10 Shares Trading Near 52-Week Highs

LONDON -- You know it's a bull market when 46 companies in the FTSE 100 are trading within 3% of their high for the year.

Here are the 10 of those 46.

Company

Price (pence)

P/E (2013 forecast)

Yield (2013 forecast)

Market Cap (millions of pounds)

HSBC

728

10.8

4.5%

134,000

Unilever

2,657

18.9

3.2%

75,266

British American Tobacco

3,508

15.4

4.2%

67,721

SABMiller

3,325

20.8

2%

53,031

Diageo

1,972

19.2

2.4%

49,478

Reckitt Benckiser

4,501

17.3

3%

32,372

Tesco

370

11.6

4%

29,708

National Grid

725

13.4

5.7%

26,376

Prudential

987

12.8

3%

25,222

Centrica

355

12.8

4.9%

18,450

Five stood out in particular.

1. Unilever (LSE: ULVR  )
Consumer brands companies are prominent in my top 10, and Unilever owns some of the foremost food and domestic brands. The Anglo-Dutch giant is behind Lynx, Domestos, Magnum, and Hellmann's. These brands and their recognition with consumers means that Unilever products sell in large numbers. This gives Unilever economies of scale, meaning that the company can make a larger percentage profit at the same retail price. Pricing is helped further by the fact that, to many retailers, Unilever's products are "must stock" items.

Unilever shares are not just at a high for the year; they currently trade at an all-time high.

With 1.77 euros in earnings per share forecast for 2014, Unilever shares trade at a premium to the rest of the market. However, that premium is well justified. I would not be surprised if the shares continued to make new highs in 2013.

2. Diageo (LSE: DGE  )
Just like Unilever, Diageo owns brands that shops and bars must stock, e.g., Smirnoff, Guinness, Captain Morgan, Baileys, and Jose Cuervo, to name a few.

Similar to Unilever's, Diageo shares have also been making new highs recently. In the last year, the shares are up 31.1%. So far in 2013, they have advanced 10.4%. That's a pretty sharp rise for a 50 billion pound blue chip. The share price movement at Diageo shows that it is possible to make big, quick returns on large caps.

For 2013 and 2014, earnings growth at an average rate of 10.8% a year is forecast. Dividend growth is expected at a similar rate. With the forecast 2013 yield on the shares now down to 2.4%, some investors are worrying that Diageo has become overpriced.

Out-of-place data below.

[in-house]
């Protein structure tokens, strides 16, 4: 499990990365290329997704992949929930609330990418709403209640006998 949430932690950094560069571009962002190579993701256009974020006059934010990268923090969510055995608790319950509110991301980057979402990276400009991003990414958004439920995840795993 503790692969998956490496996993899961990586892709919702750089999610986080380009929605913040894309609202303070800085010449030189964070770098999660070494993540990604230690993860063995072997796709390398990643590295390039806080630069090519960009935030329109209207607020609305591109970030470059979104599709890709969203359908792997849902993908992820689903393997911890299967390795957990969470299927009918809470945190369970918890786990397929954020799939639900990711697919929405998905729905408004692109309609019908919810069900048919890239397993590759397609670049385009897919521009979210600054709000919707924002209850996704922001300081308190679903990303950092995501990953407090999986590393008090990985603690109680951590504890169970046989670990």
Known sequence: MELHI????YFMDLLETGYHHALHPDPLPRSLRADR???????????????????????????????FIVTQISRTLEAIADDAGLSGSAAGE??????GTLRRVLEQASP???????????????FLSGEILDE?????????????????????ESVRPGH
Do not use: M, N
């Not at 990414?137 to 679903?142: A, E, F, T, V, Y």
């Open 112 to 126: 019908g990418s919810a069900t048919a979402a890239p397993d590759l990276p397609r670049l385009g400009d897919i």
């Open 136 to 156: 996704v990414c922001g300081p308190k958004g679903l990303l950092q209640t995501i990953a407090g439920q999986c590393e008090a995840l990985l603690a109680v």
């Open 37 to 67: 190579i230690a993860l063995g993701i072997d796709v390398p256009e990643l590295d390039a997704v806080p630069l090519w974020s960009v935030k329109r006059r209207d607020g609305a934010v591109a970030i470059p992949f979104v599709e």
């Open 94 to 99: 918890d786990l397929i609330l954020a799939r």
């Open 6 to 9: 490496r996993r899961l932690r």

3. SABMiller (LSE: SAB  )
There's not much between SABMiller and Diageo. Like Diageo, SABMiller owns big beer brands: Grolsch, Peroni, Pilsner Urquell, and Miller Genuine Draft are just four.

Like Diageo's, SABMiller shares trade at an all-time high. The shares are also on a high valuation: The 2014 price-to-earnings ratio is 18.5, with a forecast yield of 2.3%. SABMiller is forecast to grow earnings and dividends faster than Diageo. For the next two years, 13.8% in average annual EPS growth is expected. This is forecast to be met by dividend per share growth of 11.6% per year.

There is little point agonizing between SABMiller and Diageo. If you are happy to pay the premiums that the market is demanding, just buy both.

4. Reckitt Benckiser (LSE: RB  )
Like Unilever, Reckitt Benckiser owns a portfolio of household name brands. Harpic, Calgon, and Dettol are all Reckitt Benckiser products. The company also owns Brasso, Gaviscon, and Mr Sheen.

The strength of RB's brands has helped the company to increase its dividends to shareholders by an average of 19.5% per annum over the last five years. That growth is expected to decline for the next two years. Earnings growth is also expected to be slower than it has been in the past.

On a 2014 P/E of 16.4, the valuation is neither cheap nor particularly expensive. Reckitt Benckiser's products are often household must-haves. There is little chance that RB could ever make a loss, meaning that the possibility of shareholders being wiped out anytime soon is near zero.

5. Tesco (LSE: TSCO  )
Tesco was one of the most discussed shares of 2012. Following a profit warning at the beginning of last year, the company has been regaining investors' confidence. The result is that the shares are up 16.9% in the last 12 months.

Tesco has the longest record of successive dividend increases in the FTSE 100. Although the dividend was held at the interim stage, improved trading since then means that another increase for 2013 is likely. Tesco trades at a smaller P/E discount to the average FTSE 100 share. That shouldn't be too surprising: There is little room for substantial growth in its core U.K. market, and Tesco has slipped up recently.

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